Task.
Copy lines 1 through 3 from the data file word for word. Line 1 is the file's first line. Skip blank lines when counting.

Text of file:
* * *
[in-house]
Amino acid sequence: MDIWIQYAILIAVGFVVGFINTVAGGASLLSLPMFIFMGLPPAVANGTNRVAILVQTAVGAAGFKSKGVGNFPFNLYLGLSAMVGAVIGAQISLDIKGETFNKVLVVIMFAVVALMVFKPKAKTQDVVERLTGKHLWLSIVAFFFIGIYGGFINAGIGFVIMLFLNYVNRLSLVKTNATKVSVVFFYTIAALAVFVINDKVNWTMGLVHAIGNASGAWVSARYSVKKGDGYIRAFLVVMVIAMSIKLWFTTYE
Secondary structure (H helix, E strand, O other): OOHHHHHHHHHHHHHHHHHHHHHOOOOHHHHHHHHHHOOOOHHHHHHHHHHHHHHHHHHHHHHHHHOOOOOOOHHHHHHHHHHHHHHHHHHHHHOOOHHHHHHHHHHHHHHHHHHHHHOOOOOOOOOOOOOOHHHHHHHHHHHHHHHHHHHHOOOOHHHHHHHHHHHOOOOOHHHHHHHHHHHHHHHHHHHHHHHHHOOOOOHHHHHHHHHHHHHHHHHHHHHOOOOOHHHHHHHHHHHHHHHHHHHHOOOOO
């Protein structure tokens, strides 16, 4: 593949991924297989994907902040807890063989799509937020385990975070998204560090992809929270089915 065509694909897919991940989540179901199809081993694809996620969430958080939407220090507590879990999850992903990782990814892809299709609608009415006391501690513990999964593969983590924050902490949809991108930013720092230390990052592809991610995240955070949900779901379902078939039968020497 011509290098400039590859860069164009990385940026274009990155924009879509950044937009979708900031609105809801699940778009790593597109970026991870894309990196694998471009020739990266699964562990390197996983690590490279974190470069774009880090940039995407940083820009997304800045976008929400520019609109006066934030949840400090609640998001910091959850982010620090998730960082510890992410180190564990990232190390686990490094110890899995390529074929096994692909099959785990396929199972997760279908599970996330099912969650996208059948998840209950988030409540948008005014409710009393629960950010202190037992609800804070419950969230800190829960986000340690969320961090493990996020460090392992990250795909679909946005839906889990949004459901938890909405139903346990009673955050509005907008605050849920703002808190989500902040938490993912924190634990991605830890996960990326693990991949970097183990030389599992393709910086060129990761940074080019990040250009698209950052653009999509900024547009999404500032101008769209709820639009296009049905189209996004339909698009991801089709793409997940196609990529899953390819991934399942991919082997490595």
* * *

[in-house]
Amino acid sequence: MDIWIQYAILIAVGFVVGFINTVAGGASLLSLPMFIFMGLPPAVANGTNRVAILVQTAVGAAGFKSKGVGNFPFNLYLGLSAMVGAVIGAQISLDIKGETFNKVLVVIMFAVVALMVFKPKAKTQDVVERLTGKHLWLSIVAFFFIGIYGGFINAGIGFVIMLFLNYVNRLSLVKTNATKVSVVFFYTIAALAVFVINDKVNWTMGLVHAIGNASGAWVSARYSVKKGDGYIRAFLVVMVIAMSIKLWFTTYE
Secondary structure (H helix, E strand, O other): OOHHHHHHHHHHHHHHHHHHHHHOOOOHHHHHHHHHHOOOOHHHHHHHHHHHHHHHHHHHHHHHHHOOOOOOOHHHHHHHHHHHHHHHHHHHHHOOOHHHHHHHHHHHHHHHHHHHHHOOOOOOOOOOOOOOHHHHHHHHHHHHHHHHHHHHOOOOHHHHHHHHHHHOOOOOHHHHHHHHHHHHHHHHHHHHHHHHHOOOOOHHHHHHHHHHHHHHHHHHHHHOOOOOHHHHHHHHHHHHHHHHHHHHOOOOO